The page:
Paper tape correction tool

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One of the earliest mechanisms for inputting programs or data into digital computers was through the use of paper tape.  The tape, typically 2 cm in width, would be coded by punching a series of holes in the tape using a keyboard-based “paper-punch”.  The tape was then read and turned into electrical signals for input to the computer by passing it under an optical reader.  The earliest tapes had six rows which allowed a possible 64 (26) possible different characters.  Later, slightly wider-versions of tape added two more rows permitting a factor of four increase (28) in characters.  The correction device was used to correct errors in the tape.  It could be used to punch additional holes if they had been missed or a typing error had occurred, or if a major error occurred, a section of tape could be cut and spliced and the correct holes could be made in the blank splice.  This unit, which was used for the eight-row version of tape, was manufactured by the Electodata division of Burroughs.  The aluminum base measures 8 cm by 3.8 cm.  Note that paper tape was often used for the output of the early computers as well.  It could then be read and printed by the associated printers.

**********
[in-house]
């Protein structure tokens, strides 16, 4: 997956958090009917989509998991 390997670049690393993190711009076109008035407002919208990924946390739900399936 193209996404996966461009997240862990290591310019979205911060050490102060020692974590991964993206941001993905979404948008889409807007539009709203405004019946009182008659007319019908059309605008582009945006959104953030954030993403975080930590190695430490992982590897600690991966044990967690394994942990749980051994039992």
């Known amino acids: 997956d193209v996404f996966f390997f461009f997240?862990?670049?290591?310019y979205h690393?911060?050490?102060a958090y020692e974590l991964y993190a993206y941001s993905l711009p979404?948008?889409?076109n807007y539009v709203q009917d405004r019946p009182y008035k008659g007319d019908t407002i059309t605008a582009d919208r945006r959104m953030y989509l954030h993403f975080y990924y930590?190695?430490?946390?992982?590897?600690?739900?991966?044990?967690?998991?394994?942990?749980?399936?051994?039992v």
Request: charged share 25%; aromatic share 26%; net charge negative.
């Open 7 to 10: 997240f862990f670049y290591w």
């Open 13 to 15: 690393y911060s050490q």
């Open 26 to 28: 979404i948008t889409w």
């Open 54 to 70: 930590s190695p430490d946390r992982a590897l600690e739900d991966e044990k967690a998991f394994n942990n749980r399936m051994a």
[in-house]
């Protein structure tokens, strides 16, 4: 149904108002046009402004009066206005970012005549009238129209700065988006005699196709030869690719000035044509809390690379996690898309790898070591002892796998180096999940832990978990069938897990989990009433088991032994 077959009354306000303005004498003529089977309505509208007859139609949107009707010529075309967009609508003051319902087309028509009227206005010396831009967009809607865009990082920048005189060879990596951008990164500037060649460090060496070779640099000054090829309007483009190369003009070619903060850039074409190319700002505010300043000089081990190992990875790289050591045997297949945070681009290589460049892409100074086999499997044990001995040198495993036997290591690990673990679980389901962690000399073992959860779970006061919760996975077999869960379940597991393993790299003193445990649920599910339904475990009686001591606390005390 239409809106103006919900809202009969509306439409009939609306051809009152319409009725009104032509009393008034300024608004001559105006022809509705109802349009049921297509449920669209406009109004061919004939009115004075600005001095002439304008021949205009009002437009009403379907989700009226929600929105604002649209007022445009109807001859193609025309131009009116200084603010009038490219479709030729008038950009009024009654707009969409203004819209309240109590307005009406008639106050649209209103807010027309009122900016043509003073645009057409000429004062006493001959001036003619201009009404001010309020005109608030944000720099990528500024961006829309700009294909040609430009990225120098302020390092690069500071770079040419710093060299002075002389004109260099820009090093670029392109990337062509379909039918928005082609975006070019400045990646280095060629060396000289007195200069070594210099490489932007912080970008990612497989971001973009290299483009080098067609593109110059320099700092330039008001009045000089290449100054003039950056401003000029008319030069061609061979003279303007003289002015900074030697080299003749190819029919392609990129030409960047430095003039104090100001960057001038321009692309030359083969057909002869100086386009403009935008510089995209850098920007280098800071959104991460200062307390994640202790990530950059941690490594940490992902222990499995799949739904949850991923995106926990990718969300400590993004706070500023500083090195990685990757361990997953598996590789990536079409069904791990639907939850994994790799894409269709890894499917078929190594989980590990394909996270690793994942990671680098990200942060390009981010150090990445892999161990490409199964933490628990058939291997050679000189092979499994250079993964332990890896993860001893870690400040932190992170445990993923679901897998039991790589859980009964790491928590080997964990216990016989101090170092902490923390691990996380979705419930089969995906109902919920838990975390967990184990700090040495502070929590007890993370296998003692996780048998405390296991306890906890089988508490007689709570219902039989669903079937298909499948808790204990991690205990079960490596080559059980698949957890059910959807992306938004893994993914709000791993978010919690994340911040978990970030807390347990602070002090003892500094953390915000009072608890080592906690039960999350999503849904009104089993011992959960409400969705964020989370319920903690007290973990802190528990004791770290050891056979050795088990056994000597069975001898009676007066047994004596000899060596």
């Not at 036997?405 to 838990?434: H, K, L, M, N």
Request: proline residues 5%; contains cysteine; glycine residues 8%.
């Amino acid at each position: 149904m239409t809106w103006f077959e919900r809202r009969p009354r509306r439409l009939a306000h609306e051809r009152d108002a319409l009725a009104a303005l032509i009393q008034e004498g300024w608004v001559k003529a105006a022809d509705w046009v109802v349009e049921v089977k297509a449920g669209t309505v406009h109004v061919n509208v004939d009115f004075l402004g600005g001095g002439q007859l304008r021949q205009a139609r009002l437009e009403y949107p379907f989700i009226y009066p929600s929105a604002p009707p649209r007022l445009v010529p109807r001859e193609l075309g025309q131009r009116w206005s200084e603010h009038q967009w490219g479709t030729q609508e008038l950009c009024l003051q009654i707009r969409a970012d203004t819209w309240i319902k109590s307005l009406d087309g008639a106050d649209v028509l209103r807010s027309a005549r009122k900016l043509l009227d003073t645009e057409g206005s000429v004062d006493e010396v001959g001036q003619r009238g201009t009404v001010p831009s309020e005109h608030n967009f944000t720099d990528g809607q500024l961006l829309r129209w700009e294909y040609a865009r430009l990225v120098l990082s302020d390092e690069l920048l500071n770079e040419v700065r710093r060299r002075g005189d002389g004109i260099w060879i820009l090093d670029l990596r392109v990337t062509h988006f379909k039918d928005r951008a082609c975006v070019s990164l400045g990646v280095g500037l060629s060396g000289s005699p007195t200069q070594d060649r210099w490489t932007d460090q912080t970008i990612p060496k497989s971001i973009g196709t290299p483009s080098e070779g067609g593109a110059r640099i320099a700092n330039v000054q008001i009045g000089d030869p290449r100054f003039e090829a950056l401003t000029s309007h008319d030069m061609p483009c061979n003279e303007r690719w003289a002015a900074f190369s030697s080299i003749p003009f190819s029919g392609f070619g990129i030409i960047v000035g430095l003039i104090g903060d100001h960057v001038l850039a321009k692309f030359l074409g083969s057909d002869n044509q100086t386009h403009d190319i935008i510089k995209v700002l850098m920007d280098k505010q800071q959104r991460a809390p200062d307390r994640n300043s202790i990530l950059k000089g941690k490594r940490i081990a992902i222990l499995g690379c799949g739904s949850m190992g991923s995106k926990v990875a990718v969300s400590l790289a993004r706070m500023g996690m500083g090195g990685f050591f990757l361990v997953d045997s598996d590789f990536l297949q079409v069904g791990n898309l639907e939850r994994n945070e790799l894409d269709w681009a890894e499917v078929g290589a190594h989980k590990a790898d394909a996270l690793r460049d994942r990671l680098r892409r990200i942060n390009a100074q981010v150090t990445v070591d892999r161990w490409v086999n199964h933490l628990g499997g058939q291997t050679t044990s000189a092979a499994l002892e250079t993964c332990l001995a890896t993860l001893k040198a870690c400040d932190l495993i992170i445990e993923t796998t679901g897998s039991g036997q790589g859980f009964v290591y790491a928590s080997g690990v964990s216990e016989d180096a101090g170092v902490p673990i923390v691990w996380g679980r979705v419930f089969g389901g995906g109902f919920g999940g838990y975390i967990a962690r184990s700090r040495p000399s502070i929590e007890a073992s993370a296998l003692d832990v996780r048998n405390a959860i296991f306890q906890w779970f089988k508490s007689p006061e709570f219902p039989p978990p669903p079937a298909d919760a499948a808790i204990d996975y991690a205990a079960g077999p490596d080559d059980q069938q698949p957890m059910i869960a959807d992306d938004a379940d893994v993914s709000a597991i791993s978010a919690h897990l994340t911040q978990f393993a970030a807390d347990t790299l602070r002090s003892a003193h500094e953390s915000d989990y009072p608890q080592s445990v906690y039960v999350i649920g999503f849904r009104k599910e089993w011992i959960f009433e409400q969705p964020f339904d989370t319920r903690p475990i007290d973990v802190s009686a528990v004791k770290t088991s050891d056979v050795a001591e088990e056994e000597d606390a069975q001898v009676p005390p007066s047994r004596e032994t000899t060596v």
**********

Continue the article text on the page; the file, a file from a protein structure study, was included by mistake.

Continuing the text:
burroughs computers
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